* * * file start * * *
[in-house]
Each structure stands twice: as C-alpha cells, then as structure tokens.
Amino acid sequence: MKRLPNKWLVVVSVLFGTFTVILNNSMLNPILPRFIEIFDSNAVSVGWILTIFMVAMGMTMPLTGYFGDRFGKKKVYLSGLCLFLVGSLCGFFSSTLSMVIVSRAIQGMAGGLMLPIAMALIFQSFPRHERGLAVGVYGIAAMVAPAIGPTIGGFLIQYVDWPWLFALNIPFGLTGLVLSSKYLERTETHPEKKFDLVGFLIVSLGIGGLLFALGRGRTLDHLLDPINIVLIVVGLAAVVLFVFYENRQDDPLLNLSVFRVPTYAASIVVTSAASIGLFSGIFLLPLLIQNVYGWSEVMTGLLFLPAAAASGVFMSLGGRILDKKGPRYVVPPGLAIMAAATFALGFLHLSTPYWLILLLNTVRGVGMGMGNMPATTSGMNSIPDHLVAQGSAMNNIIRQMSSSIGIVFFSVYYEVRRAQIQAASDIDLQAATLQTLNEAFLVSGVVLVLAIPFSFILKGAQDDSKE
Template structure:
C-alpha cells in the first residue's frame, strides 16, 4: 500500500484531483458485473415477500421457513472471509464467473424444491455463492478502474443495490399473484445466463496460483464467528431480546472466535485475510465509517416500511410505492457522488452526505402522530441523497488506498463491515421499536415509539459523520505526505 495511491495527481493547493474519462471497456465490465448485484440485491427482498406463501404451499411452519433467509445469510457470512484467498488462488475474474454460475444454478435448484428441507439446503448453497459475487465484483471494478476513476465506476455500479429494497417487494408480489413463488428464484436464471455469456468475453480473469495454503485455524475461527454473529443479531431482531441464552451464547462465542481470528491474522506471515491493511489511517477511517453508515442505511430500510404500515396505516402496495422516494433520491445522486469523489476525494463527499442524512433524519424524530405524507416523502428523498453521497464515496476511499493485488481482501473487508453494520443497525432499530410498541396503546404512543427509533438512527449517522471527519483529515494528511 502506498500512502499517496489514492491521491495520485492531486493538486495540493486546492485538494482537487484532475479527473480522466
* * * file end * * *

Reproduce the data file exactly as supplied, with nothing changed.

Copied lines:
[in-house]
Each structure stands twice: as C-alpha cells, then as structure tokens.
Amino acid sequence: MKRLPNKWLVVVSVLFGTFTVILNNSMLNPILPRFIEIFDSNAVSVGWILTIFMVAMGMTMPLTGYFGDRFGKKKVYLSGLCLFLVGSLCGFFSSTLSMVIVSRAIQGMAGGLMLPIAMALIFQSFPRHERGLAVGVYGIAAMVAPAIGPTIGGFLIQYVDWPWLFALNIPFGLTGLVLSSKYLERTETHPEKKFDLVGFLIVSLGIGGLLFALGRGRTLDHLLDPINIVLIVVGLAAVVLFVFYENRQDDPLLNLSVFRVPTYAASIVVTSAASIGLFSGIFLLPLLIQNVYGWSEVMTGLLFLPAAAASGVFMSLGGRILDKKGPRYVVPPGLAIMAAATFALGFLHLSTPYWLILLLNTVRGVGMGMGNMPATTSGMNSIPDHLVAQGSAMNNIIRQMSSSIGIVFFSVYYEVRRAQIQAASDIDLQAATLQTLNEAFLVSGVVLVLAIPFSFILKGAQDDSKE
Template structure:
C-alpha cells in the first residue's frame, strides 16, 4: 500500500484531483458485473415477500421457513472471509464467473424444491455463492478502474443495490399473484445466463496460483464467528431480546472466535485475510465509517416500511410505492457522488452526505402522530441523497488506498463491515421499536415509539459523520505526505 495511491495527481493547493474519462471497456465490465448485484440485491427482498406463501404451499411452519433467509445469510457470512484467498488462488475474474454460475444454478435448484428441507439446503448453497459475487465484483471494478476513476465506476455500479429494497417487494408480489413463488428464484436464471455469456468475453480473469495454503485455524475461527454473529443479531431482531441464552451464547462465542481470528491474522506471515491493511489511517477511517453508515442505511430500510404500515396505516402496495422516494433520491445522486469523489476525494463527499442524512433524519424524530405524507416523502428523498453521497464515496476511499493485488481482501473487508453494520443497525432499530410498541396503546404512543427509533438512527449517522471527519483529515494528511 502506498500512502499517496489514492491521491495520485492531486493538486495540493486546492485538494482537487484532475479527473480522466